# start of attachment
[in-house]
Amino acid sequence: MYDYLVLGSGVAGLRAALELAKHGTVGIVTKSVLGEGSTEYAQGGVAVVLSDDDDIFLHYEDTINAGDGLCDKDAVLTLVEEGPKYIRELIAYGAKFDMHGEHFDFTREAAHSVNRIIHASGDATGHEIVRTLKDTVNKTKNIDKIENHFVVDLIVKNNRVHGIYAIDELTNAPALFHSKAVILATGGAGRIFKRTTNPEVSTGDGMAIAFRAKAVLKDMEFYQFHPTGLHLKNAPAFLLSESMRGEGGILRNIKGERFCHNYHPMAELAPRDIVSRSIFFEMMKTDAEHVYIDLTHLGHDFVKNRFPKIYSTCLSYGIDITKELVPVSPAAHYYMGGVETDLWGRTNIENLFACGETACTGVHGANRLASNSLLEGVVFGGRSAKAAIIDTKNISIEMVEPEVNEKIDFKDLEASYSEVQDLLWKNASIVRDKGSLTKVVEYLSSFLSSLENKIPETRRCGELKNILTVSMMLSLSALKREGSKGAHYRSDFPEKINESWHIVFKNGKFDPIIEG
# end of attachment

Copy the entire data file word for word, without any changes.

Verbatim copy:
[in-house]
Amino acid sequence: MYDYLVLGSGVAGLRAALELAKHGTVGIVTKSVLGEGSTEYAQGGVAVVLSDDDDIFLHYEDTINAGDGLCDKDAVLTLVEEGPKYIRELIAYGAKFDMHGEHFDFTREAAHSVNRIIHASGDATGHEIVRTLKDTVNKTKNIDKIENHFVVDLIVKNNRVHGIYAIDELTNAPALFHSKAVILATGGAGRIFKRTTNPEVSTGDGMAIAFRAKAVLKDMEFYQFHPTGLHLKNAPAFLLSESMRGEGGILRNIKGERFCHNYHPMAELAPRDIVSRSIFFEMMKTDAEHVYIDLTHLGHDFVKNRFPKIYSTCLSYGIDITKELVPVSPAAHYYMGGVETDLWGRTNIENLFACGETACTGVHGANRLASNSLLEGVVFGGRSAKAAIIDTKNISIEMVEPEVNEKIDFKDLEASYSEVQDLLWKNASIVRDKGSLTKVVEYLSSFLSSLENKIPETRRCGELKNILTVSMMLSLSALKREGSKGAHYRSDFPEKINESWHIVFKNGKFDPIIEG